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Can we allow ourselves to be changed by what we know?

When it comes to the climate crisis, many of us keep reciting variations on mantras that go something like this:

People don’t understand how dire the situation is—we need to raise awareness.
Our leaders are doing too little, too slowly—that’s why we have to keep the pressure on them.

Recently, I shared my personal spin on the mantra with Lindsay Boucher, a colleague in Alberta, saying that we need to keep pulling back the curtain so that people can see how government and industry leaders are stringing us along with hollow promises while continuing to worsen the situation.

Lindsay’s response surprised me. She pointed out that people know the climate crisis is serious, and that not enough is being done to tackle it. So the real question, she believes, is this: Can we allow ourselves to be changed by what we already know?

It’s a powerful and unsettling question. 

If you’re able to answer “Yes,” that doesn’t mean you’re going to spend all your time trying to reduce your individual carbon footprint—what George Monbiot of The Guardian refers to as micro-consumerist bollocks. In fact, as Monbiot explains, only radical systems change can save the planet now.

Here are some of the things we know:

“If the fossil fuel lobby were a country, it would have the biggest delegation at this year’s United Nations climate change conference, COP 26.”

Canada’s greenhouse gas emissions have increased rather than decreased since signing the 2016 Paris Agreement—faster than any other G7 country, in fact.

Government and industry leaders are still talking about achieving net-zero by 2050 despite the latest Intergovernmental Panel on Climate Change report revealing that the 2050 targets set out in the Paris Agreement will no longer cut it. We need to rapidly accelerate the timetable. 

According to The Climate Action Thermometer (November update), the world is on track to warm to 2.4°C by 2100—that’s if countries fully implement their 2030 (non-binding) Nationally Determined Contributions to reduce greenhouse gas emissions.

Just as importantly, when we look around at what’s happening in our region, we know that governments are dragging their heels on climate action, multinational corporations are ramping up their greenwashing campaigns, fragile ecosystems and wildlife habitats are being destroyed to make a quick buck (for companies, not workers), and we are being lied to—again and again—by the people we are counting on to lead us out of this mess.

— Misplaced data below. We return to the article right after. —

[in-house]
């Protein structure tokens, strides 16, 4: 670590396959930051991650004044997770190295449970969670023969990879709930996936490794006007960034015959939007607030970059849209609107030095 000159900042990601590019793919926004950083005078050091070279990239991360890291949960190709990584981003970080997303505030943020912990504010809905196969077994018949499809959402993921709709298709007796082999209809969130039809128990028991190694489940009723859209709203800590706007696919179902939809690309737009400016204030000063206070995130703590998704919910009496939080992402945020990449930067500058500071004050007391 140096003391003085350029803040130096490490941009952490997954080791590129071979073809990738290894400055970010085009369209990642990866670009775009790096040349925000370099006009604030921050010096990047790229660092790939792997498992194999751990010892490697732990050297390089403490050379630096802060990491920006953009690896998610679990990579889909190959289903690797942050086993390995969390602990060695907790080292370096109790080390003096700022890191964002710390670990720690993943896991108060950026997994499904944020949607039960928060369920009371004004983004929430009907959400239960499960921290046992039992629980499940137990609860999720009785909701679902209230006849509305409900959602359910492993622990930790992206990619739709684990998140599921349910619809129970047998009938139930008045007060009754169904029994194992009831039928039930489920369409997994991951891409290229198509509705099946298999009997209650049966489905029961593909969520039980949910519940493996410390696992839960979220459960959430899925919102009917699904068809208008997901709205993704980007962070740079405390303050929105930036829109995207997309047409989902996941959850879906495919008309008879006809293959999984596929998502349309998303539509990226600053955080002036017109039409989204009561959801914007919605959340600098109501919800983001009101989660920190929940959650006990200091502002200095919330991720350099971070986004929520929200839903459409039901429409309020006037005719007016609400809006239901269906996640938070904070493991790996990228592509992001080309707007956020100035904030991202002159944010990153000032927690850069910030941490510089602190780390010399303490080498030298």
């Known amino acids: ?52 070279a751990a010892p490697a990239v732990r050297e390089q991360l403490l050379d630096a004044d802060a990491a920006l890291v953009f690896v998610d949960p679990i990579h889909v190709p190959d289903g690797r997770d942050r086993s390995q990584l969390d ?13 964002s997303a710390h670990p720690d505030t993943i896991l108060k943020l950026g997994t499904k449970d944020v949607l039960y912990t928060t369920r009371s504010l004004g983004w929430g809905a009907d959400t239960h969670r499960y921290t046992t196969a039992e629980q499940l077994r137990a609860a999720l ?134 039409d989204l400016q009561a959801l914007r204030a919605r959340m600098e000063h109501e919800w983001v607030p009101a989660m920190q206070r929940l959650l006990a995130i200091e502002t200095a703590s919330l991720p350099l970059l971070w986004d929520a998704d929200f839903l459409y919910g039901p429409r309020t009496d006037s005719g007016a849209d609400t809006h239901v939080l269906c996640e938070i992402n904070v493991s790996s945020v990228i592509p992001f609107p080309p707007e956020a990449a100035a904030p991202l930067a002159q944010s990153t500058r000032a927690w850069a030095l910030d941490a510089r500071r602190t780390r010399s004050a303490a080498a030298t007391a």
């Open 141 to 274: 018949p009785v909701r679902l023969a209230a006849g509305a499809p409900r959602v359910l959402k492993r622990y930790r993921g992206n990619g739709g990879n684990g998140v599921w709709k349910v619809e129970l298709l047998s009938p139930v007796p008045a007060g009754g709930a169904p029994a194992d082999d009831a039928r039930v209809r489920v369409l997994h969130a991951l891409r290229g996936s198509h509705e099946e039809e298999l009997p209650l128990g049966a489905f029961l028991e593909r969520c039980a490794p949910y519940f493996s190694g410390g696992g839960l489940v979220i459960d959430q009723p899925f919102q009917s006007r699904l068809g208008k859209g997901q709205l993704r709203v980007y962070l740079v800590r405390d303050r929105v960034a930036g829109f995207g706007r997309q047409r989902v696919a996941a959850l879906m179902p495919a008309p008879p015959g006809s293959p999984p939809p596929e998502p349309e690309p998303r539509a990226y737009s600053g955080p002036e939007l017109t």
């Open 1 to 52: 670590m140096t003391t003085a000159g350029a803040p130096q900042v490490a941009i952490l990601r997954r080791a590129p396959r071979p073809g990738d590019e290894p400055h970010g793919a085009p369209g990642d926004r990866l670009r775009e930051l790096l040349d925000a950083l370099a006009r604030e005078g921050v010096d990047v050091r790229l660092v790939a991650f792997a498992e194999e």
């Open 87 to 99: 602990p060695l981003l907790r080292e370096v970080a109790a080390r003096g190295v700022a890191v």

So, can you hold this awareness and allow it to guide your actions? 

It’s a scary proposition.

In a recent article, George Monbiot reflects on the novel Life and Fate. The author, Vasily Grossman, notes that when Stalin and Hitler were in power, “One of the most astonishing human traits that came to light at this time was obedience.”

Monbiot goes on to comment, “The instinct to obey… was stronger than the instinct to survive.”

What’s the connection here? Somehow even though we know that the existing economic and political systems are failing us, we still hesitate. We still look to our elected leaders to come to their senses and do the right thing, or for industry to come up with an innovation to save us (maybe carbon capture??). Meanwhile, people are drowning in floods, dying from extreme  heat, and watching their homes and towns burn to the ground. Entire species of animals and plants are going extinct. The water, soil, and air are being poisoned in the name of profit. 

Sure, we join protests, write to MLAs and MPs, sign petitions, and more, to “keep the pressure on.” But underneath it all, are we not still trapped by a sense of obedience that is short-circuiting our imagination? Our vision of what’s possible? 

So let me ask you again: How will you be changed by what you know? 

Looking forward to your answers,

Tynette Deveaux

Beyond Coal Atlantic Campaign
Sierra Club Canada–Atlantic Chapter

The Atlantic Chapter of Sierra Club Canada is located in the territory of the Mi’kmaq, Passamaquoddy, Wolastoqiyik, Beothuk, Innu, and Inuit. We stand in solidarity.

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